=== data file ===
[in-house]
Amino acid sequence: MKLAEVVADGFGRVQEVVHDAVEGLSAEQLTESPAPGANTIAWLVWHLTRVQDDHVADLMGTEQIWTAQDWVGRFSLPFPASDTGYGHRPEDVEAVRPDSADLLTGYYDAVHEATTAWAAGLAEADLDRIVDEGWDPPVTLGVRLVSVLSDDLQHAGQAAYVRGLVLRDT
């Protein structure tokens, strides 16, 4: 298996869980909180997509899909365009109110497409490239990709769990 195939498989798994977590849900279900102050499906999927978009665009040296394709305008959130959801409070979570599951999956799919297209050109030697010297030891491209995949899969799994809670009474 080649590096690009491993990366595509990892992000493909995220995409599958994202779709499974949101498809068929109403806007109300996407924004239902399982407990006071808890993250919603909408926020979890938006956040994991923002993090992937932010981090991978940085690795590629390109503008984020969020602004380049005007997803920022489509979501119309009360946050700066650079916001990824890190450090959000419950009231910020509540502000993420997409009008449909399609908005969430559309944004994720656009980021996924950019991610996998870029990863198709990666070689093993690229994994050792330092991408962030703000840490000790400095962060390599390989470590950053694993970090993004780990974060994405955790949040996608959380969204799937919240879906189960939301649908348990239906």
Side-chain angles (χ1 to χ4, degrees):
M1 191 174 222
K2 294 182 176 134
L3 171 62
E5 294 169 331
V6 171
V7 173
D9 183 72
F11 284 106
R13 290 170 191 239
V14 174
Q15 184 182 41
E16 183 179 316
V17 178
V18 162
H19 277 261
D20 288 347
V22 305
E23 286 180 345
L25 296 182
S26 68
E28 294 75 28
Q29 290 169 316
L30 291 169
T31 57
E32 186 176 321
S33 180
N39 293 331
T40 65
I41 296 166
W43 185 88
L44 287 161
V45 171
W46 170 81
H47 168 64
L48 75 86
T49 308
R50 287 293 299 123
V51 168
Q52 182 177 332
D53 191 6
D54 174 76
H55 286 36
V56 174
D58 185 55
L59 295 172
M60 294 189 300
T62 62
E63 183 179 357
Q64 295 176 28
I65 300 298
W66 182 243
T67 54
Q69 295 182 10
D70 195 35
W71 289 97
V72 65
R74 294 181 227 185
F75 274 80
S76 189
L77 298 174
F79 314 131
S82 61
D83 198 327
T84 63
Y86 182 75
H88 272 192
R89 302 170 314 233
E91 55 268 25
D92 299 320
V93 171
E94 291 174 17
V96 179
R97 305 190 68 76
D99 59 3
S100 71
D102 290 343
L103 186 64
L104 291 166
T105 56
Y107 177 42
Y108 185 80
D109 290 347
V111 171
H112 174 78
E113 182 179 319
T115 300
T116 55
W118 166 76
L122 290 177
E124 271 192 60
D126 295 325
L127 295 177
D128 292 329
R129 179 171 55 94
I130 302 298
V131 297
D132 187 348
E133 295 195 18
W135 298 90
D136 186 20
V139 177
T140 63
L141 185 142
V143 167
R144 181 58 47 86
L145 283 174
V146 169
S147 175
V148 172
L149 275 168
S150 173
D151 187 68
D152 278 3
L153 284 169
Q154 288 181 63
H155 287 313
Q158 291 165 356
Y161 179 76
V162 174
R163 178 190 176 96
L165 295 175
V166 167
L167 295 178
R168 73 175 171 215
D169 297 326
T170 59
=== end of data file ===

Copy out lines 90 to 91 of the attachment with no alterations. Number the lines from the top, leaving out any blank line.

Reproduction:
T115 300
T116 55